I’ve been meaning to introduce the new shop tool I got last fall. I got mighty sick and tired of trying to get some sort of accurate adjustment out of my flimsy router table and ancient Sears router. So I went ahead and invested in a Grizzly shaper. Wow, what a great tool. Very easy to adjust precisely, a rich whir instead of an ear-splitting scream, and quite affordable. I think the additional money that I will spend on big bits will be more than saved on their strength and longevity. Not to mention saving me from more tantrums. I put a few featherboards on it to keep things running tight and true without having to resort to a big feeder apparatus.
This evening I mixed up a big batch of my latest rendition of boat soup / LTV / oil-stain: A very nice varnish (Pettit Flagship), a good boiled linseed oil, a nice–if expensive–aromatic balsam turpentine, and some really nice kiln-burnt pine tar. The latter two ingredients are from American Rope and Tar, and oh my god do they smell nice. Definitely worth the price if you like that kind of shit. And I got to thinking as I saturated the the understory of the boat, that these boats I so enjoy building should not just perform nicely and look lovely–they should also feel nice to the touch, sound sweet and solid when you thump them, and… they should even smell delicious. Those of us that had the joy of rowing original Briggs dories in Grand Canyon in the ’70s and ’80s are still brought nearly to tears by the nostalgic smell of the Port Orford Cedar that the boats were framed in and which permeated their hatches. And which I use today not only for its fine woodworking qualities, limberness, and decay resistance, but for its wonderful odor.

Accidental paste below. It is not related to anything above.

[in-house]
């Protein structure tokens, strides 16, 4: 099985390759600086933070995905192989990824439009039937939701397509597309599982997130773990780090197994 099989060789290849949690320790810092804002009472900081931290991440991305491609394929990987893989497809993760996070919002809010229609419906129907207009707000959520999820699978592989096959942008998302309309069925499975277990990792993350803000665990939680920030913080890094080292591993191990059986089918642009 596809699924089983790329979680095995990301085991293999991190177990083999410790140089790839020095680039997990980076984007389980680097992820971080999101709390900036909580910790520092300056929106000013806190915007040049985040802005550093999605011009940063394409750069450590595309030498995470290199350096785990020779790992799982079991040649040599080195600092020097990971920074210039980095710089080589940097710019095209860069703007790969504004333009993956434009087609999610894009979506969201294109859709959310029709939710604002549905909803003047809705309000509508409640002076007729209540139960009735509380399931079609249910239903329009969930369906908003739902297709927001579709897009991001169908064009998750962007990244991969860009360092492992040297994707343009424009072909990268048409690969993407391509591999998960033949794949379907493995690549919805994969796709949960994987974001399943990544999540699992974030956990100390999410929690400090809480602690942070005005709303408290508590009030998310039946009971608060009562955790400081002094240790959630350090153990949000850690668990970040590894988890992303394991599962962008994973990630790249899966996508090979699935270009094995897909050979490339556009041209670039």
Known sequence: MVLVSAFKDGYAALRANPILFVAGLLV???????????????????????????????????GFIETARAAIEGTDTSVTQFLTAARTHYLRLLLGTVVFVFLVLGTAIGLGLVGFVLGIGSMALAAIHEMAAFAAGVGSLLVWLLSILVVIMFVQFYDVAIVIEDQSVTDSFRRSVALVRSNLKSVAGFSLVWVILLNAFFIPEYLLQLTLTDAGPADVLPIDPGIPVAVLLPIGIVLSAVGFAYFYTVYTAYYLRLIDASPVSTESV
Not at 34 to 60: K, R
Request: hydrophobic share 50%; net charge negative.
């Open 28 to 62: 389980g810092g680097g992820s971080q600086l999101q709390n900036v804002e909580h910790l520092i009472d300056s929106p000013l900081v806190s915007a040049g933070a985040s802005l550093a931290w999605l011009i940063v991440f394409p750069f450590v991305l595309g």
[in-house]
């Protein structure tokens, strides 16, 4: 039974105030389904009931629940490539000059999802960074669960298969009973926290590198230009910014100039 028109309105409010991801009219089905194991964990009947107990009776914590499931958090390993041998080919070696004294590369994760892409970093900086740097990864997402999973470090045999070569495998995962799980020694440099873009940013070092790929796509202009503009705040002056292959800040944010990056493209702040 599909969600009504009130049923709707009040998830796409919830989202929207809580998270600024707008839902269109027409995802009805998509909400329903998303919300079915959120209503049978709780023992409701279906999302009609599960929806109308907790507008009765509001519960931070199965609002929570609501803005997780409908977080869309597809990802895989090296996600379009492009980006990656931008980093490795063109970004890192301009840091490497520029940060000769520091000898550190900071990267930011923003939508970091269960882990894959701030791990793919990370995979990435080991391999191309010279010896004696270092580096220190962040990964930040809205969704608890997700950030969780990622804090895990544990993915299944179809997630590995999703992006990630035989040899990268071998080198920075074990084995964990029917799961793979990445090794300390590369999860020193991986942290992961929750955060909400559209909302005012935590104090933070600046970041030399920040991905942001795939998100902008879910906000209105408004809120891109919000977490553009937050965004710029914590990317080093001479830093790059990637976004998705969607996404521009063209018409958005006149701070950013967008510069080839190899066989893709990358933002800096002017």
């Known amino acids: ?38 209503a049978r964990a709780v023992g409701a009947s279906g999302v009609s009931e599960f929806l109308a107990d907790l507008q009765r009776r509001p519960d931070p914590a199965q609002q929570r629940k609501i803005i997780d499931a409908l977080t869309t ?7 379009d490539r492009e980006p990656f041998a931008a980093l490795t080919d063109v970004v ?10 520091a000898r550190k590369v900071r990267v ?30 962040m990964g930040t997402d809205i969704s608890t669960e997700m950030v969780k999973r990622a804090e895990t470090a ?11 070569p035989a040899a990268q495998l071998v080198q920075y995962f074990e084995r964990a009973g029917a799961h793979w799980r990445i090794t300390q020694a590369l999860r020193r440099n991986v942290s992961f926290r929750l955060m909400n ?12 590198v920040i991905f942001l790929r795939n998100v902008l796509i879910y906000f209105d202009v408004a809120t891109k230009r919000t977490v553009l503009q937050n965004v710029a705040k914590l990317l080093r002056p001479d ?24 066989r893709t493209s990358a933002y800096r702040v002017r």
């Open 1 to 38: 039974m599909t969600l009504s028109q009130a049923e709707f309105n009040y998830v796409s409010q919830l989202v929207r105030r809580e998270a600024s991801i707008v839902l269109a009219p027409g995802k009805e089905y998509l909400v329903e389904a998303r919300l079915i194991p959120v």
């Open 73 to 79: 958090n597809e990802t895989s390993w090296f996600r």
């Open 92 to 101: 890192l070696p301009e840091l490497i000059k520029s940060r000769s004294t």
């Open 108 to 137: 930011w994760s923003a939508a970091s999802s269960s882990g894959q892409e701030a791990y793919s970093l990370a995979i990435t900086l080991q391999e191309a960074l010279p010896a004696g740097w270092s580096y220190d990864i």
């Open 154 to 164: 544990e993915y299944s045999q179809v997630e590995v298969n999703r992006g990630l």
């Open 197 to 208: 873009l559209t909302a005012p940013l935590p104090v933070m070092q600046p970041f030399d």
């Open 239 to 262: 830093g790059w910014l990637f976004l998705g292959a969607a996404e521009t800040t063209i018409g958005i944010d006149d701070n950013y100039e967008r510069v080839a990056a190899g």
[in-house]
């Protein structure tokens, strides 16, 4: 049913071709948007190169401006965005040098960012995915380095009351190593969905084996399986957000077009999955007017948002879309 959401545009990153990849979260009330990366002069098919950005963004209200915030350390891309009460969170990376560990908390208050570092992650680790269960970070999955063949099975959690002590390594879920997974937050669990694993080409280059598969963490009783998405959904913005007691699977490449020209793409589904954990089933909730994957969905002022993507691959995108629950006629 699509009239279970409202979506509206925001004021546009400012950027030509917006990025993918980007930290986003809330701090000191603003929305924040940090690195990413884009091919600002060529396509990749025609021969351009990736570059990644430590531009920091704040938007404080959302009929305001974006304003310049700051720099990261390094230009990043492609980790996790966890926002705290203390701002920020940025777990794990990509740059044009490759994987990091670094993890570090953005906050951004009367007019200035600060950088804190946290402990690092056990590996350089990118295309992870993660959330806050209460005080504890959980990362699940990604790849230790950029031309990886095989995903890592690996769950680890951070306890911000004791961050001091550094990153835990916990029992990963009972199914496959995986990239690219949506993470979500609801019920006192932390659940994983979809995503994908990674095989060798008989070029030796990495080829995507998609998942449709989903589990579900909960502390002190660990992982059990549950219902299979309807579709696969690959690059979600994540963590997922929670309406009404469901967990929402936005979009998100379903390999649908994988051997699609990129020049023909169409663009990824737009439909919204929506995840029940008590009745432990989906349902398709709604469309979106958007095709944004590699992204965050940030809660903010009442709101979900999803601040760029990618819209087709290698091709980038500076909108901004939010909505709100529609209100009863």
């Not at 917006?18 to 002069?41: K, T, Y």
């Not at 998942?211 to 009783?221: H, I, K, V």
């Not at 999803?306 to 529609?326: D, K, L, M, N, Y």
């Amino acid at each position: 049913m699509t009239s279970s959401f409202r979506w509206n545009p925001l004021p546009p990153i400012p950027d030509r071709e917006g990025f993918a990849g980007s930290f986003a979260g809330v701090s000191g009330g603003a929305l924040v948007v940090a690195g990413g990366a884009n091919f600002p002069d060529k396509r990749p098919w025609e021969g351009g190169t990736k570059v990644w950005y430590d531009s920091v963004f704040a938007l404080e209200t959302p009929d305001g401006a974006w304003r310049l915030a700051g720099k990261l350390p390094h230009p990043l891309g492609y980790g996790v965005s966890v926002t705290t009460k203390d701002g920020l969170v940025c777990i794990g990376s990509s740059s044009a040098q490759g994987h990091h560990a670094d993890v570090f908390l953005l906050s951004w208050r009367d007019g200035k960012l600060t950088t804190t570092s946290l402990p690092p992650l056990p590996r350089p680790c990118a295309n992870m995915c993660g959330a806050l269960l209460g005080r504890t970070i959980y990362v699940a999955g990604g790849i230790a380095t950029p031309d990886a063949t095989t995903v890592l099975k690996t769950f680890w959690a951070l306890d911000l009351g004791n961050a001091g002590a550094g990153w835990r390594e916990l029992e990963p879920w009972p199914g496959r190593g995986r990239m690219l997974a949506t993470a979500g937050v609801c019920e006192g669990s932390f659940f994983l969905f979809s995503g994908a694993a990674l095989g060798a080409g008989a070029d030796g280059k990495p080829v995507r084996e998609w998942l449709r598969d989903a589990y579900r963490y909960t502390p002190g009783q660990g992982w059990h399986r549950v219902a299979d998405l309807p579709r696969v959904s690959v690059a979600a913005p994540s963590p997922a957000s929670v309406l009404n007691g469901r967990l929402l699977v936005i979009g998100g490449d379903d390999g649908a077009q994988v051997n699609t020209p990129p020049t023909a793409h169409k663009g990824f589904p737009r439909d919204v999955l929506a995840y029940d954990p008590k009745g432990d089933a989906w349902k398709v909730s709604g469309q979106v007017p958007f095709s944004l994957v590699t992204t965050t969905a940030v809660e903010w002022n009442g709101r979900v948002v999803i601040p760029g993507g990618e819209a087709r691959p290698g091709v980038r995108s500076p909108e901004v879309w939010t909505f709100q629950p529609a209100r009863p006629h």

The hatches of the Rio Rojo will start out with a distinct odor of turp and pine tar, and as years go by, come to be more dominated by the Port Orford. What fun to think about.
Now… how to make the boat taste good.